He said that the activities that had been undertaken by the two defendants last December had led to charges of makar whereas what they had done should not be seen as makar or separatism. Makar should be seen as an act involving armed violence  or violence. Can the expression of people’s aspirations  such as unfurling the 14-star flag or the Morning Star flag (kejora), or singing the song, Hai Tanahku Papua be branded as makar or separatist?

The government should stop using these articles and there should be a judicial review and an end should be put to using these articles to silence democratic actions in the Land of Papua.

A movement must be launched to call for a judicial review of the makar article must secure the support of all components of society as well as the local governments of Papua and West Papua.

PDP leader on dialogue: Don’t forget the OPM

[Slightly abridged in translation by TAPOL]

Bintang Papua, 27 March 2011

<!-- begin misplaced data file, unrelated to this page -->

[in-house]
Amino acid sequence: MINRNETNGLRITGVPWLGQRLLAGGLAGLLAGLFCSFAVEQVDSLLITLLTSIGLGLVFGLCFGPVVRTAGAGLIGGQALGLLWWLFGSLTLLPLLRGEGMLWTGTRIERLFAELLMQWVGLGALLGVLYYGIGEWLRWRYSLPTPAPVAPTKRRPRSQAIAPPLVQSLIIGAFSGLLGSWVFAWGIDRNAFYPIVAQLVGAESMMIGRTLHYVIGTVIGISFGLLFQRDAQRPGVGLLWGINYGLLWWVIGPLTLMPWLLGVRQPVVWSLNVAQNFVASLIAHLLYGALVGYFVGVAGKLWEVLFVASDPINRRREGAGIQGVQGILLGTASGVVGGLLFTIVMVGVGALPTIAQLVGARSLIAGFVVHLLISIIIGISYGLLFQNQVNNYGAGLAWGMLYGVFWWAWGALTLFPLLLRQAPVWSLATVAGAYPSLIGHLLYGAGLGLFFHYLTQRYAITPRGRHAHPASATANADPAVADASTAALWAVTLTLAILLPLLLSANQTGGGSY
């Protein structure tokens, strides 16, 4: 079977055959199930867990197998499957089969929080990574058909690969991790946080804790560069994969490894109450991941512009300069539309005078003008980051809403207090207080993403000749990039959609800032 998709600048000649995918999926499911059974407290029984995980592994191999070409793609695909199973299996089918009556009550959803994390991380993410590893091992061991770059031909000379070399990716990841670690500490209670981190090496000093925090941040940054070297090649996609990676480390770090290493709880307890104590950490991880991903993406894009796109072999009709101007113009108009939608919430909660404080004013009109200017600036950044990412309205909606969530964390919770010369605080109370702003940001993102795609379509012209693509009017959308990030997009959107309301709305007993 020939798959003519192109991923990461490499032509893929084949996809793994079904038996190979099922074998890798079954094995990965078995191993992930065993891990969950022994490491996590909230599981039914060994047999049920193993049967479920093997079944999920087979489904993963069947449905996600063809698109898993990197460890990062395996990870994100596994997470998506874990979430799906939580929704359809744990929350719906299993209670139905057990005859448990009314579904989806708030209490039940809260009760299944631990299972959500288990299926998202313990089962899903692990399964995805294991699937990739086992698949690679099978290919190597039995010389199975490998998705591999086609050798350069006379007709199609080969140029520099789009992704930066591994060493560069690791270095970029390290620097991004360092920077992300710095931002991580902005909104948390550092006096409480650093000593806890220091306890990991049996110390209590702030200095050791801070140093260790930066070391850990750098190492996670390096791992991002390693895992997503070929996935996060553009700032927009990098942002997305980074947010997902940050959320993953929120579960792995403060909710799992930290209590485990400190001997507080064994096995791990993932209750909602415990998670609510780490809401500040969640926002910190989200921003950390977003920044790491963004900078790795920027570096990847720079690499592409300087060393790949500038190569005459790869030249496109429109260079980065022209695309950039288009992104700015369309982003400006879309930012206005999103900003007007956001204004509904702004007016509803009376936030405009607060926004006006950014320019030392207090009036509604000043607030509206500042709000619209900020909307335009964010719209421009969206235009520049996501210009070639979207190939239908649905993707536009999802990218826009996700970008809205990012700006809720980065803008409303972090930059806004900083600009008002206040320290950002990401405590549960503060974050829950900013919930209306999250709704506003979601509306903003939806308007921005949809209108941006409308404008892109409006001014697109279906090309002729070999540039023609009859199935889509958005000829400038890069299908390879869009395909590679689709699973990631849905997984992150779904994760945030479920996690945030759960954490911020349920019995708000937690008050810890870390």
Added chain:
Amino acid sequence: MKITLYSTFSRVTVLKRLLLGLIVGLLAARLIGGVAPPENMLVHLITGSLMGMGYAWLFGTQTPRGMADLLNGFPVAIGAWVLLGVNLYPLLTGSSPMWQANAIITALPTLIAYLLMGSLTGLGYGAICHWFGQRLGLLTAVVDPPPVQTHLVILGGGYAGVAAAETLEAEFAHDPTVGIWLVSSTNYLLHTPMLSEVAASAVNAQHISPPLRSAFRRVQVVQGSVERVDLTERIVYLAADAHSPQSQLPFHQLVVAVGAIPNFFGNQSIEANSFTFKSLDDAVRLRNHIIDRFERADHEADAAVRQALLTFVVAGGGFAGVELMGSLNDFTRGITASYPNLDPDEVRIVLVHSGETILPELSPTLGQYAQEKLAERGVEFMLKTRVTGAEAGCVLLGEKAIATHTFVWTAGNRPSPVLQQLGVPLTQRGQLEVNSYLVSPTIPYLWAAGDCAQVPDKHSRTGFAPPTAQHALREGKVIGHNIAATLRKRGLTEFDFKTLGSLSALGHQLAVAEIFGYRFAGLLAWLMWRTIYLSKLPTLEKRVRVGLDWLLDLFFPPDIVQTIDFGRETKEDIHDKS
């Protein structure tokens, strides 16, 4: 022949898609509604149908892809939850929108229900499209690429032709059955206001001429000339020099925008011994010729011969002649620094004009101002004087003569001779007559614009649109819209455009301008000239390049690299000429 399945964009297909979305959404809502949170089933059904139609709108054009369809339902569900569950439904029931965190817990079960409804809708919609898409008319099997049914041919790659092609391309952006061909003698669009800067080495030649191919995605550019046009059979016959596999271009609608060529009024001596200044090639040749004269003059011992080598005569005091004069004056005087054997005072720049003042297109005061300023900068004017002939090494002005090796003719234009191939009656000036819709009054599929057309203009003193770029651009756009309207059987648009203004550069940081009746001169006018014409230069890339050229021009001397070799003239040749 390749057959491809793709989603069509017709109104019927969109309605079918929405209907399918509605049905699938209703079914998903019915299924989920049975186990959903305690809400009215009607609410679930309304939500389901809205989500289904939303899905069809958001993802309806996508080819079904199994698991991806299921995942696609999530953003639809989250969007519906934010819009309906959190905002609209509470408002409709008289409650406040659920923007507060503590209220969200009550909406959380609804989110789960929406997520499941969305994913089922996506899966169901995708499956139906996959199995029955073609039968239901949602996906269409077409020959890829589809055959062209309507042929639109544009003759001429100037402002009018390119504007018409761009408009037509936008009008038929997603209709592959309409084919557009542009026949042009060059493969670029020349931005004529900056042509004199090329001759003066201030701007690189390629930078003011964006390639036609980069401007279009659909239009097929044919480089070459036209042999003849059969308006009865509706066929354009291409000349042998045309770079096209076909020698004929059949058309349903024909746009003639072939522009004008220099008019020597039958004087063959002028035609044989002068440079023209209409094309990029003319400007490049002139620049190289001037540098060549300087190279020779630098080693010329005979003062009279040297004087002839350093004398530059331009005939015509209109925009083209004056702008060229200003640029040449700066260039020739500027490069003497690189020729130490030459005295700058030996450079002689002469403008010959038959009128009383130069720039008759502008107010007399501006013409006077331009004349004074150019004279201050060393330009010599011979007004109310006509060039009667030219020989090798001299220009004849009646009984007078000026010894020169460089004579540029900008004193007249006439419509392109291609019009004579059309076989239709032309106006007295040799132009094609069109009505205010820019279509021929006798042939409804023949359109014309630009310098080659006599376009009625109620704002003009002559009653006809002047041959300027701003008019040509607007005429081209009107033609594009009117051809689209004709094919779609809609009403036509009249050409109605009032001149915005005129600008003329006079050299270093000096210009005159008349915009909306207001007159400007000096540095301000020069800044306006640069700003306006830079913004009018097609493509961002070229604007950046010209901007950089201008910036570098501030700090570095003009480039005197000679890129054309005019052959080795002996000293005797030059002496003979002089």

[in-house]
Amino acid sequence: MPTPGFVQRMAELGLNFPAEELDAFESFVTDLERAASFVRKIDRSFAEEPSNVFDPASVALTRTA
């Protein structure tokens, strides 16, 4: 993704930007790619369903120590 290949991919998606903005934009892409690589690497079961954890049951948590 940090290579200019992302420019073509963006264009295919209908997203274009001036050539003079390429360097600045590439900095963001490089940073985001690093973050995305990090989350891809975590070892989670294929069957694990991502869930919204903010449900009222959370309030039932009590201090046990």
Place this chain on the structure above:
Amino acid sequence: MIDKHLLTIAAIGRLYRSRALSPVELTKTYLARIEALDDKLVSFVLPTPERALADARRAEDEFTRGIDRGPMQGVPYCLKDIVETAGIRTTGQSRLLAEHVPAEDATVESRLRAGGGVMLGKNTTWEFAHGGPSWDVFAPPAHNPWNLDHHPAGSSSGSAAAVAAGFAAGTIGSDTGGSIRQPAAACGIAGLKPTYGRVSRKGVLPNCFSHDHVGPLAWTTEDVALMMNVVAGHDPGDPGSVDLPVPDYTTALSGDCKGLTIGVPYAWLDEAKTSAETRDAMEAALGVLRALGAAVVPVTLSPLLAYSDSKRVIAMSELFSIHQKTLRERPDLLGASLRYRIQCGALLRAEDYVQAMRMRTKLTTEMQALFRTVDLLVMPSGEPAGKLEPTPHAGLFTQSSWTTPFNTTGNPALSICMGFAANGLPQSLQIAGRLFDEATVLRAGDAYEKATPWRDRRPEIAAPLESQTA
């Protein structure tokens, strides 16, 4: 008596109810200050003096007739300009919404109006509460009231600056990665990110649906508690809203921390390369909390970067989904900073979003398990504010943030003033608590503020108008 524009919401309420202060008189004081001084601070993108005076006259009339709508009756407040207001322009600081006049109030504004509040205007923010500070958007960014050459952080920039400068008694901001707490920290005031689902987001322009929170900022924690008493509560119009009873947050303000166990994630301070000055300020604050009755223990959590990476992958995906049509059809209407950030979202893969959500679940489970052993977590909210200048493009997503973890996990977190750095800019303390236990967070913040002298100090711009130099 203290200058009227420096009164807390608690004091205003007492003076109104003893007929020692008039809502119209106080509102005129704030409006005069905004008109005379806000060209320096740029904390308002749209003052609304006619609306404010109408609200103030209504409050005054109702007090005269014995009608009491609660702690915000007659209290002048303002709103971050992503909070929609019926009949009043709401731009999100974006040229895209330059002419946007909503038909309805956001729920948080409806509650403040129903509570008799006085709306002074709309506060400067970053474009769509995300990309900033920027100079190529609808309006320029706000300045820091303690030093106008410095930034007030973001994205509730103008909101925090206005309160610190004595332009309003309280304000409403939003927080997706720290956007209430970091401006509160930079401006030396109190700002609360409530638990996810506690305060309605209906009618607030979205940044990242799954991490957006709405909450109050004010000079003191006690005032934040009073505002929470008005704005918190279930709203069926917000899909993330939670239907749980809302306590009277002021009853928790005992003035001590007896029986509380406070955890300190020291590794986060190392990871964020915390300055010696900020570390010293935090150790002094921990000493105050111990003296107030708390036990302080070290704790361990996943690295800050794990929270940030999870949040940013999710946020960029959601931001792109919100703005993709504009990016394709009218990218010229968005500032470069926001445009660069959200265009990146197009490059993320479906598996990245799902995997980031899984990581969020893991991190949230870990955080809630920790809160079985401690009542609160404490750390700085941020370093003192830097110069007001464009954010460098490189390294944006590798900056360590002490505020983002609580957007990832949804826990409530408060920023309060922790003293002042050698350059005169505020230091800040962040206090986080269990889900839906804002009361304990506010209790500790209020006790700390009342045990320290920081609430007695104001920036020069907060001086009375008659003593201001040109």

Jayapura: Thaha Alhamid, secretary general of  Papuan Presidium Council, (PDP),has welcomed the initiative taken by the Papuan Peace Network, the JDP, to seek to solve the Papuan problem by means of a Jakarta-Papua dialogue, and says this should include all the leaders of the struggle for Papuan independence, here in the Land of Papua as well as abroad. He was responding to a report in Saturday’s issue of Bintang Papua’s report regarding the initiative taken by Pastor Neles Tebay regarding dialogue.

But he said that the failure to include representatives of TPN/OPM in the JDP was a serious matter, bearing in mind that the OPM is still struggling in the forests of Papua. ‘I realise that there are problems of communication but that doesn’t mean that they should not be represented in the JDP.’ He said he was sure that the JDP would deal with this, bearing in  mind the fact that the TPN/OPM was present at the Grand Papuan Congress in 2001.

He said that the TPN/OPM consists of a considerable number  of groups but this does not mean that it should be excluded. Moreover there was once a UN resolution which made the point that geographical problems should not result in the exclusion of any communities. ‘I am sure that by means of a process of communication, the TPN/OPM will be represented in the  dialogue.’